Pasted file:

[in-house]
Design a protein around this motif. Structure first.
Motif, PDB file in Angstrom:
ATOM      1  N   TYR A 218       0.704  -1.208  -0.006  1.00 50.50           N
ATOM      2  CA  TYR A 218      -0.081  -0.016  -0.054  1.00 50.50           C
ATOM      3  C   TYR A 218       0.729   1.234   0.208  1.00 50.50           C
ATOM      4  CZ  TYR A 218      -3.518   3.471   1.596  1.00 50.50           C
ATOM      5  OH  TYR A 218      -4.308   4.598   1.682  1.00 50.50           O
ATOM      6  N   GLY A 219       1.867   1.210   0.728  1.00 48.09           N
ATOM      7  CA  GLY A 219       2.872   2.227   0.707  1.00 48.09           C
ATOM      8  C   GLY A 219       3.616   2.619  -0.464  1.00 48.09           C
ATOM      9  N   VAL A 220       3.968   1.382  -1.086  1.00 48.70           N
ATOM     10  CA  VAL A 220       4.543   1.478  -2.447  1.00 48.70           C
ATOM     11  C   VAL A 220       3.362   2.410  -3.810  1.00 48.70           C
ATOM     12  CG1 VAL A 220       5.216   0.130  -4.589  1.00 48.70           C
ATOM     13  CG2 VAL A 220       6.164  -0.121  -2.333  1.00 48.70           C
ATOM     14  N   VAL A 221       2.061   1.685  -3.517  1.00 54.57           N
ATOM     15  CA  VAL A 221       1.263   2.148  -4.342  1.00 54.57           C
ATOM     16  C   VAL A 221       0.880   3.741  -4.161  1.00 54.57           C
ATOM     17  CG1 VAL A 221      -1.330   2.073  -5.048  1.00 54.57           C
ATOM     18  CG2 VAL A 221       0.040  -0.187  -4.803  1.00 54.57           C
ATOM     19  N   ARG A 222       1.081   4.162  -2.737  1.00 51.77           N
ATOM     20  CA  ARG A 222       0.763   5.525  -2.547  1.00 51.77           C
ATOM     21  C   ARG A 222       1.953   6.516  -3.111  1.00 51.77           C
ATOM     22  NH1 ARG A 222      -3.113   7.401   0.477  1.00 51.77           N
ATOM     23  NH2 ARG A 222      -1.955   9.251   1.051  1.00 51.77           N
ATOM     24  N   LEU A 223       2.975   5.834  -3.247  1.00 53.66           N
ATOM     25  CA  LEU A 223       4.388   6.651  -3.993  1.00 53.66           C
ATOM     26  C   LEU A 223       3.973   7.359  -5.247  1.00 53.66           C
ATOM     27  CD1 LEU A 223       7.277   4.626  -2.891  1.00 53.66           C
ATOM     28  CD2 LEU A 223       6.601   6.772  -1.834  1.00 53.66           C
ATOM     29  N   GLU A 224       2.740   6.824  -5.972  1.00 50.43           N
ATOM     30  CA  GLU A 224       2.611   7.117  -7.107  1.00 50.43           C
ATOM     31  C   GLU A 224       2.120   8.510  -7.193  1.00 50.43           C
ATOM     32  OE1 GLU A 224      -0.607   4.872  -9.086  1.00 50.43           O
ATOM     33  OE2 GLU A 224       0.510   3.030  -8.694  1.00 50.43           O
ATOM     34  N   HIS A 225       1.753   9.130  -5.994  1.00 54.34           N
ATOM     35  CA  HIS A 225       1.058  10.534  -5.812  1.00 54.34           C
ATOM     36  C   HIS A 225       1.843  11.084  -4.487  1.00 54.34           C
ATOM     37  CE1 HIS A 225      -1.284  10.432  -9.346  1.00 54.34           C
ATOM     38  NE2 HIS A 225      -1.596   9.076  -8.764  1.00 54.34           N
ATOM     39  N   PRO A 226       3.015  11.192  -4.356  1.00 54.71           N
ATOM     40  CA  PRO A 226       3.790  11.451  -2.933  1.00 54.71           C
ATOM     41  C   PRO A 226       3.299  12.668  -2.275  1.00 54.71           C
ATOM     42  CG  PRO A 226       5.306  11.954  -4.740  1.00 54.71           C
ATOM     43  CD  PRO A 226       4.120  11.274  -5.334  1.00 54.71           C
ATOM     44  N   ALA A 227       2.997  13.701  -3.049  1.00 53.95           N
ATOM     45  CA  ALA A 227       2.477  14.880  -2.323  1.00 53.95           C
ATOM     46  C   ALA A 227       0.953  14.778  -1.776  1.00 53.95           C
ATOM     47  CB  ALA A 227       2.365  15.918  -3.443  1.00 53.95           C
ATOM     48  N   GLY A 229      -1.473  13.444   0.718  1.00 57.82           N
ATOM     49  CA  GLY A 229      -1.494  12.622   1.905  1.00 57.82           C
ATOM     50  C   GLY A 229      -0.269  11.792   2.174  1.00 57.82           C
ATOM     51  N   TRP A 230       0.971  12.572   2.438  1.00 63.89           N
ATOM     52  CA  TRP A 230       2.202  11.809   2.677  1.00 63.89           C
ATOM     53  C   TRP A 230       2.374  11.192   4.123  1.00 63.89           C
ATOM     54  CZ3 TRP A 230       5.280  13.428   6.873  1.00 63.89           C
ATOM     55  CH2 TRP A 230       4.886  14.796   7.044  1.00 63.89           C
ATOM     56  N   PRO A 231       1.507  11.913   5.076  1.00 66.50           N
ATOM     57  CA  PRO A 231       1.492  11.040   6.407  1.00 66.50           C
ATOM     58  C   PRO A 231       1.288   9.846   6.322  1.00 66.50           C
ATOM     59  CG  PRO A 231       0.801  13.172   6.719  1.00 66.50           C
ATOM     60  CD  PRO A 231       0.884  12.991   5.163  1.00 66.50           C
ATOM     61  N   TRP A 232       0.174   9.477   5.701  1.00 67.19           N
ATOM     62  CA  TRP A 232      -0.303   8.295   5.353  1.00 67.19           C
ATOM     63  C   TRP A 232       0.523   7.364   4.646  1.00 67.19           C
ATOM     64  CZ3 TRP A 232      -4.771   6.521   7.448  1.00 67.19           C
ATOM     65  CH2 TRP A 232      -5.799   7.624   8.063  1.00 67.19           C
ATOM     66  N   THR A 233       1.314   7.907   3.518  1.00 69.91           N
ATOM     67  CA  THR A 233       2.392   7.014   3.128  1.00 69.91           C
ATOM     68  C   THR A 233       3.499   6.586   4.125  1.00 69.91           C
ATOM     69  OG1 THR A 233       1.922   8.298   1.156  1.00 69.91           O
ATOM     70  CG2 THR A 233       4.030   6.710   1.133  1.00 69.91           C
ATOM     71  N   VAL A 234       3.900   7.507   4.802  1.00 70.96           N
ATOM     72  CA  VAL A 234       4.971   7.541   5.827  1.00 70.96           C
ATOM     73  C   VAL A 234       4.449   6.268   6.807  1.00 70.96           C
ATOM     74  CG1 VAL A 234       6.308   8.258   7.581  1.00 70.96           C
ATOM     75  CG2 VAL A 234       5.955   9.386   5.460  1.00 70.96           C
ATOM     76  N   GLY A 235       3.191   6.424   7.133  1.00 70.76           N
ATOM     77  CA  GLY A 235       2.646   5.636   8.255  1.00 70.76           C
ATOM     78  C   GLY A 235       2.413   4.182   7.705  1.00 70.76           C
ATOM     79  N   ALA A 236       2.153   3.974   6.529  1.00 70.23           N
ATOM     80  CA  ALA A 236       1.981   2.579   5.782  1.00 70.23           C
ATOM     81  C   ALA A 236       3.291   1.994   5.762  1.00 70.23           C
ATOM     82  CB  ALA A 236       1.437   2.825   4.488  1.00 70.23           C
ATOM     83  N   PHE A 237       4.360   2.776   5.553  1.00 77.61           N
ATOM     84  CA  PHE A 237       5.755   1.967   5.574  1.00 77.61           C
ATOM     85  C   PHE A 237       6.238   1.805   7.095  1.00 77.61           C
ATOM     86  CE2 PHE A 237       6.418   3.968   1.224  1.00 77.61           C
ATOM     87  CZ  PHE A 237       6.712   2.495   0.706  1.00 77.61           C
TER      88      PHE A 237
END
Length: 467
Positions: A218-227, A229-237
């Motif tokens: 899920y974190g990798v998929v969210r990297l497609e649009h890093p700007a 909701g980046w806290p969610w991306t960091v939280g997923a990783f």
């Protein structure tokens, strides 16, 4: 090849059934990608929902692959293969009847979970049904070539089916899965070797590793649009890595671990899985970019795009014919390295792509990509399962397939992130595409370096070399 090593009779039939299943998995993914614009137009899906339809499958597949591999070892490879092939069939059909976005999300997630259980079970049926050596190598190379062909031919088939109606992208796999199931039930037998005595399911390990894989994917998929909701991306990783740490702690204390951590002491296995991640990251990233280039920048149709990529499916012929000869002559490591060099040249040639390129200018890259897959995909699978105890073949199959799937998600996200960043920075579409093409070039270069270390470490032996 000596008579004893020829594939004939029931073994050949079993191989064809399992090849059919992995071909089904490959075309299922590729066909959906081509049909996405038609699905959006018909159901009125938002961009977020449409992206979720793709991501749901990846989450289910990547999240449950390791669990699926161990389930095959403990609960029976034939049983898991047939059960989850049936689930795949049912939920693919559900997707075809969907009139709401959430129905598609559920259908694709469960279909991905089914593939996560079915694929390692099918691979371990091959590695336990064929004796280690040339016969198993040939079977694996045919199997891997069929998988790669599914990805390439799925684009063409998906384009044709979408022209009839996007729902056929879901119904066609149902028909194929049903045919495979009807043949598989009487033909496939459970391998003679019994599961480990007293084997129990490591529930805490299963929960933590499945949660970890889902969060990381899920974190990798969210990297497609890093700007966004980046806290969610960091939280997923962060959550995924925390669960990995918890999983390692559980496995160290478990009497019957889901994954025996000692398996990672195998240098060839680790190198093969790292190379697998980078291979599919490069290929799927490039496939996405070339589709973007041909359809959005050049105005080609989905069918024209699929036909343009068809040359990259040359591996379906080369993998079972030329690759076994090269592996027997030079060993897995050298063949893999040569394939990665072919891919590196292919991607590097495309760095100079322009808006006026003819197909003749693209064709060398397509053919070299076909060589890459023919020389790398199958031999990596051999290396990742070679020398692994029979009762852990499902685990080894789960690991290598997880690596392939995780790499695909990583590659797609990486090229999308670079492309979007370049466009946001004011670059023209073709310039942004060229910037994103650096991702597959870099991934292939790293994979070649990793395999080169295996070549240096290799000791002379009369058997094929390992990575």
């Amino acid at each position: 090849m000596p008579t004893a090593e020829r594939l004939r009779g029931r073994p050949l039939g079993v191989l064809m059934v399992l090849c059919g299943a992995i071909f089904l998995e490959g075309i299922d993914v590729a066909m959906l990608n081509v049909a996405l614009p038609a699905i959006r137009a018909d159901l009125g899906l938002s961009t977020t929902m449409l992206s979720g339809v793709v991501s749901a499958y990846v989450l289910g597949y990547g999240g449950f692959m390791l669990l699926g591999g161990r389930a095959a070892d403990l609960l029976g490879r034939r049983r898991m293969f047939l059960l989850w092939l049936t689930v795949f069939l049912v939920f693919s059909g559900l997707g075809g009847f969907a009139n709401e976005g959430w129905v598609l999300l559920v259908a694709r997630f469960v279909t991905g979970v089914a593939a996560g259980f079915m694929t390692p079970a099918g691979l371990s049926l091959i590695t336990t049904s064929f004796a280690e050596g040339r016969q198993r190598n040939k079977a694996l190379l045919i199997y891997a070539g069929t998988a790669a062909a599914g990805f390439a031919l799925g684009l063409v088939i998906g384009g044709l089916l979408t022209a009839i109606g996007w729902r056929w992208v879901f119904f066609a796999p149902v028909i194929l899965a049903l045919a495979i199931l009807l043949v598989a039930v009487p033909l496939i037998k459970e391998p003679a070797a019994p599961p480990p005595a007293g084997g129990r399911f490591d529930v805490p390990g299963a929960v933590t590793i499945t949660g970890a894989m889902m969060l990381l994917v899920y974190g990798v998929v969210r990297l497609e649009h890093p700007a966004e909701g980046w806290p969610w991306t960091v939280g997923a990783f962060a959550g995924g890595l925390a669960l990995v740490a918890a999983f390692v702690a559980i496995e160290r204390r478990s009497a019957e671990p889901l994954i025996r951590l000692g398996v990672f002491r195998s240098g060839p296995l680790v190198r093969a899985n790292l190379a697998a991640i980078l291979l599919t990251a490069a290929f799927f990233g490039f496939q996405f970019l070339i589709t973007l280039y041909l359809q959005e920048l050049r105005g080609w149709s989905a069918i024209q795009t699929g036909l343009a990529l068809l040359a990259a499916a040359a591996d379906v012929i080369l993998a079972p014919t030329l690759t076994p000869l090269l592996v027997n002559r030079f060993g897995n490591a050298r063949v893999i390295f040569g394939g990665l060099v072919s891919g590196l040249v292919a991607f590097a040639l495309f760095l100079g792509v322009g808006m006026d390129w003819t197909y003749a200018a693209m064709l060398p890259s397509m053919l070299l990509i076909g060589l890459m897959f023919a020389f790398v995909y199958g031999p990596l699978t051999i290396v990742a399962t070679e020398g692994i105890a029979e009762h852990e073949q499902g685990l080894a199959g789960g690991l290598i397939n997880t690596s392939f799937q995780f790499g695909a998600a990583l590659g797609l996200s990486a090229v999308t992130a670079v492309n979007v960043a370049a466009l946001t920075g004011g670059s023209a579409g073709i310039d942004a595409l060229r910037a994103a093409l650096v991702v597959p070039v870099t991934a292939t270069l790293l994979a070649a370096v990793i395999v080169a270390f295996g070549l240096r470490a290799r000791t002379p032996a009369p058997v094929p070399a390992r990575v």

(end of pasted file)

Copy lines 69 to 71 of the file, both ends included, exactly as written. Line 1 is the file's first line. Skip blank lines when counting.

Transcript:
ATOM     66  N   THR A 233       1.314   7.907   3.518  1.00 69.91           N
ATOM     67  CA  THR A 233       2.392   7.014   3.128  1.00 69.91           C
ATOM     68  C   THR A 233       3.499   6.586   4.125  1.00 69.91           C